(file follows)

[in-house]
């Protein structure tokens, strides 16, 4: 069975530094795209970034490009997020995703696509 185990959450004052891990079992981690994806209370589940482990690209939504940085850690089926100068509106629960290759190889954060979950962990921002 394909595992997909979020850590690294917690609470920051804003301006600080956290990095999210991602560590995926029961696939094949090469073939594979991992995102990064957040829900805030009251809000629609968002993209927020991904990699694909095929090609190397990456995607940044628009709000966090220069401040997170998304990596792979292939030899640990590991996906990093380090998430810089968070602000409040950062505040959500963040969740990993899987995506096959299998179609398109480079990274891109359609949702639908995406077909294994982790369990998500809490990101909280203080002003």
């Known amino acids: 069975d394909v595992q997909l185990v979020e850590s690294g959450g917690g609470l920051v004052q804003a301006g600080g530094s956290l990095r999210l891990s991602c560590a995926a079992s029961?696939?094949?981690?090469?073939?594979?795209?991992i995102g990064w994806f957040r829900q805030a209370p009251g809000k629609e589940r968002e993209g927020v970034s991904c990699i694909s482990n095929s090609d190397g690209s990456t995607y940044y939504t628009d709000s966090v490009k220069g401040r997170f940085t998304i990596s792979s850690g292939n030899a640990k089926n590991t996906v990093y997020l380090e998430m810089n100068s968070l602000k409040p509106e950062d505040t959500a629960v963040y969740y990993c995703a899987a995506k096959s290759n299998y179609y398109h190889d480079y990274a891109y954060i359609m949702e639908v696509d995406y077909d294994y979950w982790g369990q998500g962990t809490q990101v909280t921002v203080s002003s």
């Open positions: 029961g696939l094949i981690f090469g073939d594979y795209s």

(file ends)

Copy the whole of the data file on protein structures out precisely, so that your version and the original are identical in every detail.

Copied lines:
[in-house]
């Protein structure tokens, strides 16, 4: 069975530094795209970034490009997020995703696509 185990959450004052891990079992981690994806209370589940482990690209939504940085850690089926100068509106629960290759190889954060979950962990921002 394909595992997909979020850590690294917690609470920051804003301006600080956290990095999210991602560590995926029961696939094949090469073939594979991992995102990064957040829900805030009251809000629609968002993209927020991904990699694909095929090609190397990456995607940044628009709000966090220069401040997170998304990596792979292939030899640990590991996906990093380090998430810089968070602000409040950062505040959500963040969740990993899987995506096959299998179609398109480079990274891109359609949702639908995406077909294994982790369990998500809490990101909280203080002003």
């Known amino acids: 069975d394909v595992q997909l185990v979020e850590s690294g959450g917690g609470l920051v004052q804003a301006g600080g530094s956290l990095r999210l891990s991602c560590a995926a079992s029961?696939?094949?981690?090469?073939?594979?795209?991992i995102g990064w994806f957040r829900q805030a209370p009251g809000k629609e589940r968002e993209g927020v970034s991904c990699i694909s482990n095929s090609d190397g690209s990456t995607y940044y939504t628009d709000s966090v490009k220069g401040r997170f940085t998304i990596s792979s850690g292939n030899a640990k089926n590991t996906v990093y997020l380090e998430m810089n100068s968070l602000k409040p509106e950062d505040t959500a629960v963040y969740y990993c995703a899987a995506k096959s290759n299998y179609y398109h190889d480079y990274a891109y954060i359609m949702e639908v696509d995406y077909d294994y979950w982790g369990q998500g962990t809490q990101v909280t921002v203080s002003s």
């Open positions: 029961g696939l094949i981690f090469g073939d594979y795209s």